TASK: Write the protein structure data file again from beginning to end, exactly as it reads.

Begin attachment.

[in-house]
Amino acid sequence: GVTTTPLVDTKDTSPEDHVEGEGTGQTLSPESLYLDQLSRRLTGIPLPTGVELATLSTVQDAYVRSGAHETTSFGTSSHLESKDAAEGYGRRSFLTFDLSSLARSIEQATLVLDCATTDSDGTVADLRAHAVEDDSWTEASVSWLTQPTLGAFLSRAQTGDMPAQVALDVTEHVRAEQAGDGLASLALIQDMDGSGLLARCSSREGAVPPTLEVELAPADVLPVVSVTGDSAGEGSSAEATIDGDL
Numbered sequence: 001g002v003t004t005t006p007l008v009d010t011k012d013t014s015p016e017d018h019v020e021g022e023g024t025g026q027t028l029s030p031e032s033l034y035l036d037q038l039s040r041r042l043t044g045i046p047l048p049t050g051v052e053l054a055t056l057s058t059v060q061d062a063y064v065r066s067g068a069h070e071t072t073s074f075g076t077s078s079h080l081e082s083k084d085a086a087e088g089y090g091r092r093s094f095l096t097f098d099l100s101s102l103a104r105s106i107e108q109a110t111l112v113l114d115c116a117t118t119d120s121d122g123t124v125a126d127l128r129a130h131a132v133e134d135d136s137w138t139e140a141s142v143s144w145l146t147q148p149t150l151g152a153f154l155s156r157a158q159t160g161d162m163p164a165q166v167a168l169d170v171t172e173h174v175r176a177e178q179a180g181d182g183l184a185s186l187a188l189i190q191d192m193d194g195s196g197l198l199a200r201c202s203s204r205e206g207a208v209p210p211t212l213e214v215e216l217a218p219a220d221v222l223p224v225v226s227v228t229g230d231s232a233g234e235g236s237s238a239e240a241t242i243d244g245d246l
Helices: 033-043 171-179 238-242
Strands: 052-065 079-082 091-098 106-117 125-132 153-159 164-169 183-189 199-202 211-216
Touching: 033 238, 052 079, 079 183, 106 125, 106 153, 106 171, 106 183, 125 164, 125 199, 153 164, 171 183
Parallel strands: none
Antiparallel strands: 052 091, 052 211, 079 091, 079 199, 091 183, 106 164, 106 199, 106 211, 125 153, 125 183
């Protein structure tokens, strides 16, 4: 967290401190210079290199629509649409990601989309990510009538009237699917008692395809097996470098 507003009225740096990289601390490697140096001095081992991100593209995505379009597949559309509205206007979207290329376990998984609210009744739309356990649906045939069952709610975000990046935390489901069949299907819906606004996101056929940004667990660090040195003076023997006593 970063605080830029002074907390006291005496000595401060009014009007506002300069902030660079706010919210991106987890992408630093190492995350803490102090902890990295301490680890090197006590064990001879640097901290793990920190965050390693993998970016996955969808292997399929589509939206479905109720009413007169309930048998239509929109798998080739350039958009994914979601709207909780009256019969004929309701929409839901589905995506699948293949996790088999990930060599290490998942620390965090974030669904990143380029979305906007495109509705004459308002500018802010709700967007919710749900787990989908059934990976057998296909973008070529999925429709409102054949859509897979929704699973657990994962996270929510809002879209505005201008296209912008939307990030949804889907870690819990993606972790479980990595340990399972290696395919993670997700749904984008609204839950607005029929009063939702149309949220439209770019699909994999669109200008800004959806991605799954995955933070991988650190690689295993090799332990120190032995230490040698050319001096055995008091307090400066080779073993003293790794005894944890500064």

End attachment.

[in-house]
Amino acid sequence: GVTTTPLVDTKDTSPEDHVEGEGTGQTLSPESLYLDQLSRRLTGIPLPTGVELATLSTVQDAYVRSGAHETTSFGTSSHLESKDAAEGYGRRSFLTFDLSSLARSIEQATLVLDCATTDSDGTVADLRAHAVEDDSWTEASVSWLTQPTLGAFLSRAQTGDMPAQVALDVTEHVRAEQAGDGLASLALIQDMDGSGLLARCSSREGAVPPTLEVELAPADVLPVVSVTGDSAGEGSSAEATIDGDL
Numbered sequence: 001g002v003t004t005t006p007l008v009d010t011k012d013t014s015p016e017d018h019v020e021g022e023g024t025g026q027t028l029s030p031e032s033l034y035l036d037q038l039s040r041r042l043t044g045i046p047l048p049t050g051v052e053l054a055t056l057s058t059v060q061d062a063y064v065r066s067g068a069h070e071t072t073s074f075g076t077s078s079h080l081e082s083k084d085a086a087e088g089y090g091r092r093s094f095l096t097f098d099l100s101s102l103a104r105s106i107e108q109a110t111l112v113l114d115c116a117t118t119d120s121d122g123t124v125a126d127l128r129a130h131a132v133e134d135d136s137w138t139e140a141s142v143s144w145l146t147q148p149t150l151g152a153f154l155s156r157a158q159t160g161d162m163p164a165q166v167a168l169d170v171t172e173h174v175r176a177e178q179a180g181d182g183l184a185s186l187a188l189i190q191d192m193d194g195s196g197l198l199a200r201c202s203s204r205e206g207a208v209p210p211t212l213e214v215e216l217a218p219a220d221v222l223p224v225v226s227v228t229g230d231s232a233g234e235g236s237s238a239e240a241t242i243d244g245d246l
Helices: 033-043 171-179 238-242
Strands: 052-065 079-082 091-098 106-117 125-132 153-159 164-169 183-189 199-202 211-216
Touching: 033 238, 052 079, 079 183, 106 125, 106 153, 106 171, 106 183, 125 164, 125 199, 153 164, 171 183
Parallel strands: none
Antiparallel strands: 052 091, 052 211, 079 091, 079 199, 091 183, 106 164, 106 199, 106 211, 125 153, 125 183
């Protein structure tokens, strides 16, 4: 967290401190210079290199629509649409990601989309990510009538009237699917008692395809097996470098 507003009225740096990289601390490697140096001095081992991100593209995505379009597949559309509205206007979207290329376990998984609210009744739309356990649906045939069952709610975000990046935390489901069949299907819906606004996101056929940004667990660090040195003076023997006593 970063605080830029002074907390006291005496000595401060009014009007506002300069902030660079706010919210991106987890992408630093190492995350803490102090902890990295301490680890090197006590064990001879640097901290793990920190965050390693993998970016996955969808292997399929589509939206479905109720009413007169309930048998239509929109798998080739350039958009994914979601709207909780009256019969004929309701929409839901589905995506699948293949996790088999990930060599290490998942620390965090974030669904990143380029979305906007495109509705004459308002500018802010709700967007919710749900787990989908059934990976057998296909973008070529999925429709409102054949859509897979929704699973657990994962996270929510809002879209505005201008296209912008939307990030949804889907870690819990993606972790479980990595340990399972290696395919993670997700749904984008609204839950607005029929009063939702149309949220439209770019699909994999669109200008800004959806991605799954995955933070991988650190690689295993090799332990120190032995230490040698050319001096055995008091307090400066080779073993003293790794005894944890500064």